Well Out of Hand
When your time’s on the door,
And it drips to the floor,
And you feel you can touch,
All the noise is too much,
And the seeds that are sown,
Are no longer your own.
—Joy Division, “Leaders of Men”
Rendered in starkly poetic black and white, Control‘s version of Ian Curtis is seductive, sad, and unsurprising. The movie traces the last eight years or so of the artist’s short life, that is, events that will be well known to even the most casual followers of Joy Division, the band he fronted until his suicide at age 23. Still, the film is compelling, not for its plot or even its resonant imagery (first time director Anton Corbijn is a longtime rock photographer) but for its consideration of pop music’s mythologizing, the process by which artists are turned into icons.
Certainly, it helps to die young. Incarnating his beauty and distress, actor Sam Riley brings a kind of slouchy resolve. Frustrated and ambitious, Curtis first appears here as a teenager in Macclesfield, in the Northwest of England, boyish and beautiful, self-aware but also careless. Smoking cigarettes and listening to David Bowie sing “Jean Genie” in his bedroom, he imagines his own stardom. A mirror reflects his idealized self-image, his chest pale and skinny, his eye-liner thick. If music is not precisely a means to self-expression, it does allow a transformation, a reimagined identity that might be performed to perfection. The yearning Curtis in this early scene is a fan before he’s an artist, wanting so much to be elsewhere and someone else that he looks haunted, as if pursued by a ghost from his future.
At these moments, imagining how Curtis came to be, Control reveals its own possibilities. Such brief shots of the unknown (maybe pre-known) Ian Curtis, too unformed and private even for Deborah Curtis’ memoir, Touching From a Distance (from which Matt Greenhalgh adapted the screenplay), are both more and less truthful than the more banal reenactments of his striking stage performances (Riley sings the songs himself, effectively imitating Curtis’ memorable baritone) or recording sessions. Like so many rock stars, he creates his own myth based on myths that come before, determined to be different and original even though, everyone knows, industry machinery cannot brook actual difference.
Just so, despite such occasional strange and impossibly intimate reveries (this is how Curtis sees himself, looks at his father, and ponders grey Manchester), the film lapses frequently into biopickish shorthand. Working at the Unemployment Office, he sees a girl have an epileptic fit, leading to the discovery of his own epilepsy and also to his penning of the song “She’s Lost Control.” When he and his young wife Debbie (Samantha Morton) have a fight, he writes “Love Will Tear Us Apart.” Repeatedly, the film’s Curtis goes through plot motions: he meets bandmates Bernard Sumner (James Anthony Pearson) and Peter Hook (Joe Anderson) at a Sex Pistols concert. They team with Stephen Morris (Harry Treadway) to form Joy Division in 1977, go on road trips and sign with a manager Rob Gretton (Toby Kebbel). Curtis meets journalist and translator Annik Honoré (Alexandra Maria Lara), with whom he has an affair.
The girls in the film are predictably symbolic, embodiments of Curtis’ conflicts. Debbie, frequently depicted with baby and laundry, remains his emblem of domestic security and, as made utterly plain here, dingy disappointment. Annik is stereotypically glamorous and doting, the forever fan who comes along on every road trip, the beauty who gazes on him from the bobbing-and-throbbing crowd. Debbie finds out, leading to quarrels and guilt and reckless lies. “It was hard to get to a phone,” he murmurs, not really caring whether Debbie believes him. When he suggests it’s okay if she wants to “sleep with other men,” she’s horrified, not only because it confirms her fear that he is indeed having an affair, but also that he finds this roundabout way to tell her, a way that involves dismissing her fundamental faith in him. The scene, shot on street outside their home, ends with her frumping out of frame, his dawdling behind her, alone, indicating his lack of language, empathy, and will. He doesn’t want to make a decision, and the film doesn’t delve into why.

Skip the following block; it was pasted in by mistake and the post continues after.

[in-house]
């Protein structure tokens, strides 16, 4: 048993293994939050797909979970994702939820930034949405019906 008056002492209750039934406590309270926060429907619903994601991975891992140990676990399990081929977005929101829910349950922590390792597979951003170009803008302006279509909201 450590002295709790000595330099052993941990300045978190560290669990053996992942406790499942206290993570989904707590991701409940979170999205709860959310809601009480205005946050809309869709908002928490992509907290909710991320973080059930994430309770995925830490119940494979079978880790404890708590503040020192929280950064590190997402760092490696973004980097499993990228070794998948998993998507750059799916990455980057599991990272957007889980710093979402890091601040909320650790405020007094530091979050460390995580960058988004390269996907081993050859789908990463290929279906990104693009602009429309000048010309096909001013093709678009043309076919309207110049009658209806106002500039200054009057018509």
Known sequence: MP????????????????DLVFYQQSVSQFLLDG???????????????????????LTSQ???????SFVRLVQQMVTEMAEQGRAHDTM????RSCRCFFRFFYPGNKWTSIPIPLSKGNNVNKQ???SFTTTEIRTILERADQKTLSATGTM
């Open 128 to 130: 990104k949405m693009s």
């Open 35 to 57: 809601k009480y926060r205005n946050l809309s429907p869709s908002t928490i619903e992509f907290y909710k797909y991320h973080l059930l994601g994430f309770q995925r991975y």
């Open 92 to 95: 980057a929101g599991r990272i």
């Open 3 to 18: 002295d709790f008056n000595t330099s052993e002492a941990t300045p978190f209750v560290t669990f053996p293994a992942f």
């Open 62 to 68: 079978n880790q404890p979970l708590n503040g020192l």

Through all the clichés, though, Control does offer insights, mostly into how clichés work, how rock stardom is ever reiterated. You could say that this parallel narrative is up against it, as it revisits an era quite cleverly deconstructed in Michael Winterbottom’s 24 Hour Party People. But, like the Bowie-reverie scene in baby Curtis’ bedroom, invocations of the “boys” watching TV or appearing on Tony Wilson’s (Craig Parkinson) Granada Reports and signing to his label, Factory Records. Throughout the manufacturing process—the interviews and the performances—Curtis appears reluctant but intrigued, not so much committed to stardom (he hangs himself on the eve of the band’s first American tour) as going along.
The film’s examination of Curtis’ seeming passivity “from a distance” grants his mythology—as damaged, resistant rock star—a kind of nostalgic weight. The damage is carefully framed: the suicide takes place off screen, as does Debbie’s reaction to finding the body, her screams coming from within their modest Manchester home, before she bursts into the street, her pain the sign of his enduring mythology. And the resistance is made romantic: if this Curtis articulates a rather conventional opposition to pop stardom (“They want more, they expect me to give more”), beyond Curtis, stardom remains mystified and implacable, a function of genius and singularity, a cover-up for the deals and machinations that make it go. In this sense, the notion of “control” is key. Lacking control of his body, Curtis gives up control over his career and his life. It’s the rock star bargain.